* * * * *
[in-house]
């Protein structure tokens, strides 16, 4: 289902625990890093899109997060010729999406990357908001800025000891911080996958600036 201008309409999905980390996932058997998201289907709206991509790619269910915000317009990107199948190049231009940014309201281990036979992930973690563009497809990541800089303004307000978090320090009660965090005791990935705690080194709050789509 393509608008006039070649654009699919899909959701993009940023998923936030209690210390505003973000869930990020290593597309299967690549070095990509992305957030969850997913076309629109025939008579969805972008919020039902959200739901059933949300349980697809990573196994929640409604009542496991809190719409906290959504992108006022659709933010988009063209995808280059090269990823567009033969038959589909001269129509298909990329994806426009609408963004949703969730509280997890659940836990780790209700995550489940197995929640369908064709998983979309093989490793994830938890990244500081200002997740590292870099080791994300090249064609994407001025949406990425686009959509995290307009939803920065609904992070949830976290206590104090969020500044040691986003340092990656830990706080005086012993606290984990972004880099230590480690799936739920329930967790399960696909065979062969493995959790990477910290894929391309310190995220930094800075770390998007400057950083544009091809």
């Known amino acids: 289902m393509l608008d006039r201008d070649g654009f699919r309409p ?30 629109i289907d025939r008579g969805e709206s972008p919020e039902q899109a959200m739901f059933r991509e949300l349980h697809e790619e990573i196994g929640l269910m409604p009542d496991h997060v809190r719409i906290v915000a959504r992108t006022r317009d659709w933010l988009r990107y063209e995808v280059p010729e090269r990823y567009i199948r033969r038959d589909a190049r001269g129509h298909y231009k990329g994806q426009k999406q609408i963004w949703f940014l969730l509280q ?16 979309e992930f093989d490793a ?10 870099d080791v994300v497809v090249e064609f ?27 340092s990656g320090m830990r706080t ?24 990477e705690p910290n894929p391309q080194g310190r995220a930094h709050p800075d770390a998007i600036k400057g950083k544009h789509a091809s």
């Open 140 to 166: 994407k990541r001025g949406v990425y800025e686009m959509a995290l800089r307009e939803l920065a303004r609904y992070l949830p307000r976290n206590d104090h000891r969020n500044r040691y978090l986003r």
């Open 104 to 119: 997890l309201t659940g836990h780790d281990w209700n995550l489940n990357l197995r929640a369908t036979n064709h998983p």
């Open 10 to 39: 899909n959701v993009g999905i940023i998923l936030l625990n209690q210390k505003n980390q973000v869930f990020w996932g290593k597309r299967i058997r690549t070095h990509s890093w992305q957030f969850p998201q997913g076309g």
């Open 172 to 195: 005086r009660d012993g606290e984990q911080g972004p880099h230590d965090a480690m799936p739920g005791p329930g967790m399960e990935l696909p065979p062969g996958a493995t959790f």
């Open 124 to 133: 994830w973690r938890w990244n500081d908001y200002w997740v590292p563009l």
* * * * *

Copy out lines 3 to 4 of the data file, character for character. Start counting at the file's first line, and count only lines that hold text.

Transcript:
């Known amino acids: 289902m393509l608008d006039r201008d070649g654009f699919r309409p ?30 629109i289907d025939r008579g969805e709206s972008p919020e039902q899109a959200m739901f059933r991509e949300l349980h697809e790619e990573i196994g929640l269910m409604p009542d496991h997060v809190r719409i906290v915000a959504r992108t006022r317009d659709w933010l988009r990107y063209e995808v280059p010729e090269r990823y567009i199948r033969r038959d589909a190049r001269g129509h298909y231009k990329g994806q426009k999406q609408i963004w949703f940014l969730l509280q ?16 979309e992930f093989d490793a ?10 870099d080791v994300v497809v090249e064609f ?27 340092s990656g320090m830990r706080t ?24 990477e705690p910290n894929p391309q080194g310190r995220a930094h709050p800075d770390a998007i600036k400057g950083k544009h789509a091809s």
């Open 140 to 166: 994407k990541r001025g949406v990425y800025e686009m959509a995290l800089r307009e939803l920065a303004r609904y992070l949830p307000r976290n206590d104090h000891r969020n500044r040691y978090l986003r």